Labs/Jetpack/Reboot/Style Guide

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Code style bikeshedding is great, let's do it, here we go. From bug 541622:

> Looks like we are using javadoc/jsdoc style comments to document functions.

Oh, meant to mention that. I'm more concerned about documenting functions in the first place than the style we use to do it. Javadoc is definitely widely used in Mozilla for both C++ and JS, so considering that one day other people will be maintaining this code, I think it's a good idea to use it.

> I wonder if it'd be helpful to just go ahead and add the function name
> to this comment, as it'd make it easier to read and for jsdoc-esque-tools
> to parse.

Personally I don't like duping the name in the comment for a couple of reasons: It's more verbose, requiring me to read more (and Javadocs are verbose enough), and there's a danger of the name in the comment and the real name going out of sync. Javadocs elsewhere in Mozilla don't do it FWIW.

> Below, I am used to the catch being on the same line as the previous
> closing bracket before it. Is that weird?

Gross. Actually, people use both styles. I like new lines, and the JS style guide prefers new lines for elses and I presume catches too. We can bikeshed, but we should decide if we want to enforce a style and if so do.

> Is there any way to format javadoc/jsdoc text as being in monospaced
> font? Can we borrow from Markdown here or anything? In particular when
> you mention 'str' below I wasn't sure if you were referring to the
> word "string" or a variable called "str".

Javadocs are HTML, so <tt>foo</tt> or such would be technically correct, but in Mozilla I don't think there's generally any expectation that comments will be viewed outside of the source. I've seen |foo|, 'foo', "foo".

> Some code style guides strictly specify that developers should only use one
> form
> of commenting, C-style /* */ or C++-style //. The MDC Coding Style page doesn't
> seem to make any distinction here; what do we want to do?

I only use C-style for Javadocs of functions. C++ style for everything else. That's consistent with Mozilla in general.

> Interesting that you put the dot at the end of the same line as the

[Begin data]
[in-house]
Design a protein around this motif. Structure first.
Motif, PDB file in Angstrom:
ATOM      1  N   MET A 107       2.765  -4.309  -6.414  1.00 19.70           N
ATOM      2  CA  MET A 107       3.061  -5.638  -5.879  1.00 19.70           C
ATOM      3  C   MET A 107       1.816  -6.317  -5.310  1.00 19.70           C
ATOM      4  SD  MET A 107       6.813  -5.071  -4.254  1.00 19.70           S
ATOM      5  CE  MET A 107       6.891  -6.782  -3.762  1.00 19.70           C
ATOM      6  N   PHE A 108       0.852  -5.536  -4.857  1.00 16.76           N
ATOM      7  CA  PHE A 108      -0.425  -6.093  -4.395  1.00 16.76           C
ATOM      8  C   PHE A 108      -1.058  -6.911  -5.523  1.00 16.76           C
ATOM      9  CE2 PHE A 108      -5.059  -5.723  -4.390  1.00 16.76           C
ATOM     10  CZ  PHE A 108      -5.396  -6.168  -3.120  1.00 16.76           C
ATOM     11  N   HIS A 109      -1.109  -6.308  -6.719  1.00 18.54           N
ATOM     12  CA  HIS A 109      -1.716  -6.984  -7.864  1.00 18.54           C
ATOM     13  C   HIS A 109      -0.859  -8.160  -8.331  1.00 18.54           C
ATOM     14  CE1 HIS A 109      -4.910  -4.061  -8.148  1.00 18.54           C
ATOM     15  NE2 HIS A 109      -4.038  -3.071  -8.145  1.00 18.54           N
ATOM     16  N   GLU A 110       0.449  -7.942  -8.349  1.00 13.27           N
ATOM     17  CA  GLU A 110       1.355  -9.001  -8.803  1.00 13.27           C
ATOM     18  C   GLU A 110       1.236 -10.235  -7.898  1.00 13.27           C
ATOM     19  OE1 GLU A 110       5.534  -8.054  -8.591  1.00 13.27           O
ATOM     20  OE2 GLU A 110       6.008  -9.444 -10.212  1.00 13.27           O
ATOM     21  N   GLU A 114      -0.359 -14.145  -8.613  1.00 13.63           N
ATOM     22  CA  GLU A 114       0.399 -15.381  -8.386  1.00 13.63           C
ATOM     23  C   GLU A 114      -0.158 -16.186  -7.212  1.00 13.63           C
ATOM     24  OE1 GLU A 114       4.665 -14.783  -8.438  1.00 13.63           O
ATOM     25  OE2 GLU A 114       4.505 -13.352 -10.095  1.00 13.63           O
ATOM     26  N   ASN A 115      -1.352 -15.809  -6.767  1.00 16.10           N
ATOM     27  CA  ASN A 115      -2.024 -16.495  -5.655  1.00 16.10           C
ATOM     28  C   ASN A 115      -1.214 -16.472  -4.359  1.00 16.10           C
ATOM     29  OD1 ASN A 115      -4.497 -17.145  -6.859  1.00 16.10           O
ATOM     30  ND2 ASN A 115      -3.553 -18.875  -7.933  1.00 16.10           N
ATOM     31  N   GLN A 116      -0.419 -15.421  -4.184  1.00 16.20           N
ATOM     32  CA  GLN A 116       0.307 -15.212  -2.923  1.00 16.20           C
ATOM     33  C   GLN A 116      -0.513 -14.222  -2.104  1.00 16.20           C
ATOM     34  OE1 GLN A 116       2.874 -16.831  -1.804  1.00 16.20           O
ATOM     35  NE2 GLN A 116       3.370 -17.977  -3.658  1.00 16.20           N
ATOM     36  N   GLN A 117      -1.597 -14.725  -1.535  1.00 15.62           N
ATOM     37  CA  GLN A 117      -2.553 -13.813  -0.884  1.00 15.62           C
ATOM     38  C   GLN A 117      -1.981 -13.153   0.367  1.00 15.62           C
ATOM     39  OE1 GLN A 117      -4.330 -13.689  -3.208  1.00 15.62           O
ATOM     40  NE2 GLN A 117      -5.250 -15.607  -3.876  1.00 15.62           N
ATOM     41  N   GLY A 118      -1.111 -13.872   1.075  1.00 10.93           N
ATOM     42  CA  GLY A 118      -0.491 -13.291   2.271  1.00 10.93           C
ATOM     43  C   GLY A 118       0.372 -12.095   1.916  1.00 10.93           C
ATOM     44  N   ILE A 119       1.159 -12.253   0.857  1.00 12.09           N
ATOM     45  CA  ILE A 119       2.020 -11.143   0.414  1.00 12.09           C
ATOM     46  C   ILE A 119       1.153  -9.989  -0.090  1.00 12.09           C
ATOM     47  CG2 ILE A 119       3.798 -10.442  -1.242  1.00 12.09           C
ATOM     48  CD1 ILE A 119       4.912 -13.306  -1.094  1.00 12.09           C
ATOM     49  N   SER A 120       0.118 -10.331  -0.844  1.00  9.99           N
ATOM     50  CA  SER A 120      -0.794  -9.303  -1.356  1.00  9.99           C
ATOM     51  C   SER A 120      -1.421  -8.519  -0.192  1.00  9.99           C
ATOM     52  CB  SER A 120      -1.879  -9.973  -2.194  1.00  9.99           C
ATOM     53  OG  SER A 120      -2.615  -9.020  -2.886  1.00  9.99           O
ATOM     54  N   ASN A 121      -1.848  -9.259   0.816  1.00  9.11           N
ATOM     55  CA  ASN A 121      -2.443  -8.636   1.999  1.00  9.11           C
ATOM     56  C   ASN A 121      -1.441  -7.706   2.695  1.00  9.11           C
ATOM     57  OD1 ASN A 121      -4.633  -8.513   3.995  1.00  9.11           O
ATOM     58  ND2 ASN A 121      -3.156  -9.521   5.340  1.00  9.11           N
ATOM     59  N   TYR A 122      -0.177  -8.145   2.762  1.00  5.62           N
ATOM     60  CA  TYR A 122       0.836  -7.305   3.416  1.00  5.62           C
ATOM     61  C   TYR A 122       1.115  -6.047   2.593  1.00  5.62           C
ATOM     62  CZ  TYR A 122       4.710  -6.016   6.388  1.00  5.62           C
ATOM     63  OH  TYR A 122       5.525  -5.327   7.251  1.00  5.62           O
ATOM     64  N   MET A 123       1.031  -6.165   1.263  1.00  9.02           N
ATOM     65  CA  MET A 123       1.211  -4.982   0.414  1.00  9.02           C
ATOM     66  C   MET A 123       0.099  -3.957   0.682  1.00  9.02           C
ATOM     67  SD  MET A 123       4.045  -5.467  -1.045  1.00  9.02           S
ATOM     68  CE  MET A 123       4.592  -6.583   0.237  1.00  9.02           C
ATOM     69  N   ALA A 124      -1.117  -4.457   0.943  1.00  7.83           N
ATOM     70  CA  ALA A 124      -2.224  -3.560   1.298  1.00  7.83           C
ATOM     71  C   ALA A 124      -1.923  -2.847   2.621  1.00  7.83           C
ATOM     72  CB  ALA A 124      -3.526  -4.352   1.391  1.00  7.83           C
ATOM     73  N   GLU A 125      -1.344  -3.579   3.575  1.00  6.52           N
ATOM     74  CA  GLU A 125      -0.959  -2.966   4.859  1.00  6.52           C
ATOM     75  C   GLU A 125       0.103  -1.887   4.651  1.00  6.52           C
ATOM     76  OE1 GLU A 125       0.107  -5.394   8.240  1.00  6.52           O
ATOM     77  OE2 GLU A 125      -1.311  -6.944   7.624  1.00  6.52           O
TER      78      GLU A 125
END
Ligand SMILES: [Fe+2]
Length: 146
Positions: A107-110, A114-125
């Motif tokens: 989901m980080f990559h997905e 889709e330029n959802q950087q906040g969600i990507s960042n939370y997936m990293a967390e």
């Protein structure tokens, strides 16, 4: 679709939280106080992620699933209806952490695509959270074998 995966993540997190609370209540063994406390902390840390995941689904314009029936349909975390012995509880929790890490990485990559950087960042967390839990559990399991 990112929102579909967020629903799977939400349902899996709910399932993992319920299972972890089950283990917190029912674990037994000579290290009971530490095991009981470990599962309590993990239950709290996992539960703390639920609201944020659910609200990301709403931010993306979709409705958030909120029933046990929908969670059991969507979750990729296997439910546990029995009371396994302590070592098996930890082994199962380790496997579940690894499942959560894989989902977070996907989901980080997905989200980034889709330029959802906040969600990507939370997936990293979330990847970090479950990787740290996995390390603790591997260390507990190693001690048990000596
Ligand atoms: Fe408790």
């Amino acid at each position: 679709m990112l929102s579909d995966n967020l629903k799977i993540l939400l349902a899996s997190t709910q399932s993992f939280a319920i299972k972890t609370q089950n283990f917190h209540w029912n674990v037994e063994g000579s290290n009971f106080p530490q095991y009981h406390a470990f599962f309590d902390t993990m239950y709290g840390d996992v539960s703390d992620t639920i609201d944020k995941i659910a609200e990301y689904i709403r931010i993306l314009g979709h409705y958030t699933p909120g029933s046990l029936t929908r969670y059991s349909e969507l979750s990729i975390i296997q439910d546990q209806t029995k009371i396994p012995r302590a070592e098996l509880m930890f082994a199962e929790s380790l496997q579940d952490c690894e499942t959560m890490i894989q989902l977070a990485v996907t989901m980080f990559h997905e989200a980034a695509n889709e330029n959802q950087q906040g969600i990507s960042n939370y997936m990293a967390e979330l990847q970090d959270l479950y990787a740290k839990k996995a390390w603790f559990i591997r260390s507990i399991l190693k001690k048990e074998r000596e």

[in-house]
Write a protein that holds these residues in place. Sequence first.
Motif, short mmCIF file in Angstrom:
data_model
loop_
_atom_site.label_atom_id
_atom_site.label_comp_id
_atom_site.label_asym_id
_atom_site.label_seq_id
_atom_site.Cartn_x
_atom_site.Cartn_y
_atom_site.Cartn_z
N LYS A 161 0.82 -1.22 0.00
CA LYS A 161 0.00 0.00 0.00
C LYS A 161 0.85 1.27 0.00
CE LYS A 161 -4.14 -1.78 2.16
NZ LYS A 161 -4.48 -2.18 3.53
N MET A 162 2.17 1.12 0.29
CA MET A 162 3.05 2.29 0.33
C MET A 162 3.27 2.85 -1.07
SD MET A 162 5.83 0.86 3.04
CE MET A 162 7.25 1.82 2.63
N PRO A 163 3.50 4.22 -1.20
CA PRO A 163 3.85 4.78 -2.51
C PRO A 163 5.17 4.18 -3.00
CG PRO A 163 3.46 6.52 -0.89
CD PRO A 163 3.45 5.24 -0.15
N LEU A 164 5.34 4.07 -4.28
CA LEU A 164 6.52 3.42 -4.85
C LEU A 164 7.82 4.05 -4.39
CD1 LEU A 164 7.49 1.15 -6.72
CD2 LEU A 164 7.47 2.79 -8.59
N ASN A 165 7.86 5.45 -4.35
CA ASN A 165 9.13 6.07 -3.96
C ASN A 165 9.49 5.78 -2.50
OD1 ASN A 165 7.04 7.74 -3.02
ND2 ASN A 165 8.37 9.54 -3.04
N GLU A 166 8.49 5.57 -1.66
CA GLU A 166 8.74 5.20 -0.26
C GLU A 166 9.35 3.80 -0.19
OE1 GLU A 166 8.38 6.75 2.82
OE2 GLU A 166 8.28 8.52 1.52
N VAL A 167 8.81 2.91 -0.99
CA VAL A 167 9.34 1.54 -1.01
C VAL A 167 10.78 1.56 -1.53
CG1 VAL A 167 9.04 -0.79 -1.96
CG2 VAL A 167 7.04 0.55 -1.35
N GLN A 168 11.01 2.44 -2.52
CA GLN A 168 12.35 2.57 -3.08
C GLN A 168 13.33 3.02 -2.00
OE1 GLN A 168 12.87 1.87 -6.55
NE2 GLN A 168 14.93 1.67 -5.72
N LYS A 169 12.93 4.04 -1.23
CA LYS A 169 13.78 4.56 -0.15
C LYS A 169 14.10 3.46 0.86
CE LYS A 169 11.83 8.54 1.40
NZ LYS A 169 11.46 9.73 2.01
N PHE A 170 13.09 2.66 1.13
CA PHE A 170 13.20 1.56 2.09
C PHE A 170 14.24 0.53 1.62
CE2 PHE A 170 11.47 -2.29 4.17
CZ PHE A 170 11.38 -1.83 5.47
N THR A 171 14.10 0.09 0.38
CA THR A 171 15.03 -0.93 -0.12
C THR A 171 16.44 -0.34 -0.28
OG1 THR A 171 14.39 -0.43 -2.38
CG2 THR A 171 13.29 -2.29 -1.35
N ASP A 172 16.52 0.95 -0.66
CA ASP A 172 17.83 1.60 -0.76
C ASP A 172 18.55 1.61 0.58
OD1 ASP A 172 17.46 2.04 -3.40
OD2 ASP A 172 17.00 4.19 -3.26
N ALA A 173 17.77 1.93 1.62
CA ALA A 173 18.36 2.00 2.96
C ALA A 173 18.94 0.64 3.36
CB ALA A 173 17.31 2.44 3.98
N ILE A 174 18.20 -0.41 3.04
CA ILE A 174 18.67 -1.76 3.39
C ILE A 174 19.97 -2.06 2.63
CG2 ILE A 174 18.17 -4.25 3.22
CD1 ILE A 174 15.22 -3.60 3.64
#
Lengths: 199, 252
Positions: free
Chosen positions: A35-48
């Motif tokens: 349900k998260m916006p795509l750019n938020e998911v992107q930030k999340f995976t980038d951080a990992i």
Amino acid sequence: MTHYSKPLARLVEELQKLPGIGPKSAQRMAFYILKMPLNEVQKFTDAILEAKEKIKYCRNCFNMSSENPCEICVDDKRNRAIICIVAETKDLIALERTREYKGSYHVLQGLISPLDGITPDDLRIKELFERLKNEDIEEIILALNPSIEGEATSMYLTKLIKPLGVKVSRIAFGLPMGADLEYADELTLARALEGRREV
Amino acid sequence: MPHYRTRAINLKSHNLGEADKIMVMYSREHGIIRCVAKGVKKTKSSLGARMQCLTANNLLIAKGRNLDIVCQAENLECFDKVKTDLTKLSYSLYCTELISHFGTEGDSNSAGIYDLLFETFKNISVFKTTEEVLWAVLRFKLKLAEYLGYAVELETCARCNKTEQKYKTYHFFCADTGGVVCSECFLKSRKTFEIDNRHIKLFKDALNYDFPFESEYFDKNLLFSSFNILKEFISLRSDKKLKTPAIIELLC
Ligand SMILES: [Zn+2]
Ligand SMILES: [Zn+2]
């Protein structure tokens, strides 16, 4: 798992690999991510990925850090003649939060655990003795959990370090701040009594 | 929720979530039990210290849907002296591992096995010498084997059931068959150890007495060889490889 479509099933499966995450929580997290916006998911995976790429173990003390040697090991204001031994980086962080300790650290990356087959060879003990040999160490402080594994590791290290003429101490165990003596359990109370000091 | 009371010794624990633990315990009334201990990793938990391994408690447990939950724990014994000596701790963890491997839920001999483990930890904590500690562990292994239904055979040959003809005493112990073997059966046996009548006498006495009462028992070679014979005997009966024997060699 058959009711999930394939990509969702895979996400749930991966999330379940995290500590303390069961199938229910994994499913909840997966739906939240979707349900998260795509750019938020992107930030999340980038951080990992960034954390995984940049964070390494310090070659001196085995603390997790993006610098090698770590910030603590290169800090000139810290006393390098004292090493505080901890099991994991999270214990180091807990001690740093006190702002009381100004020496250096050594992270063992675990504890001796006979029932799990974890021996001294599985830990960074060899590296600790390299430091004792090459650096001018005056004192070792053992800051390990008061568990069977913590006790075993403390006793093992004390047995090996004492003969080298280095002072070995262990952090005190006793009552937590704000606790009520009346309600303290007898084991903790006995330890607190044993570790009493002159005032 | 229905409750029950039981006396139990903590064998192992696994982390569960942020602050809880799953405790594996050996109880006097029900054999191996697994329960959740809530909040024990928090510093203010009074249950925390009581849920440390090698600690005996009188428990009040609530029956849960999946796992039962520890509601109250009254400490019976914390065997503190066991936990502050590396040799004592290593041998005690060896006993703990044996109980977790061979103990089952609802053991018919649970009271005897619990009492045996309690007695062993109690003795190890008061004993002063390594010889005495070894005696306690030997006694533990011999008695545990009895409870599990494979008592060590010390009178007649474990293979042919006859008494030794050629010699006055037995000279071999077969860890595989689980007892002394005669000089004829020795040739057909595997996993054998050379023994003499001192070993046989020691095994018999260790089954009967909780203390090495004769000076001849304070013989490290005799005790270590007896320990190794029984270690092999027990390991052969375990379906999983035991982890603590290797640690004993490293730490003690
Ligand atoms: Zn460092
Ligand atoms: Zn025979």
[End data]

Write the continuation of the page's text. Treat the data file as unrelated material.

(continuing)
> CC[], rather than at the beginning of the call to createInstance().
> I've seen both on MDC snippets and would like to standardize on one
> or the other.
> >+       var stream = Cc[';1'].
> >+                    createInstance(Ci.nsIFileOutputStream);

Yeah. I picked it up from Crockford, the danger being that since JS inserts semicolons automatically there's some amount of danger in prefixing the dot, e.g., if you accidentally make a new line where there shouldn't be. Leaving the dot at the end also lets my eyes read less. I'd like to use indentation to indicate continuation, but I'm not always consistent, e.g.:

let winEnum = Cc[";1"].

Myk: IMHO, when the first character of the expression is already significantly indented from the first character of the line, indentation of subsequent lines of the expression to the same column as the first character is plenty of indentation and has the beneficial side-effect of creating a strong vertical alignment down the left hand side of the expression, which makes it easier to perceive the connectedness of its elements, i.e.:

let winEnum = Cc[";1"].

However, in cases where you only need to use the result once and can throw it away afterwards, and thus you don't need to assign it to a variable, it makes sense to indent to clarify that the expression spans lines, i.e.:


Note: in Mozilla code, placing the dot "member operator" at the end of the first line of a member operation that spans two lines is the newer convention that became popular during early development of Firefox, while placing it at the beginning of the next line is the older convention that was popular in Mozilla Suite code (and I think is still the convention in Seamonkey and possibly Thunderbird).

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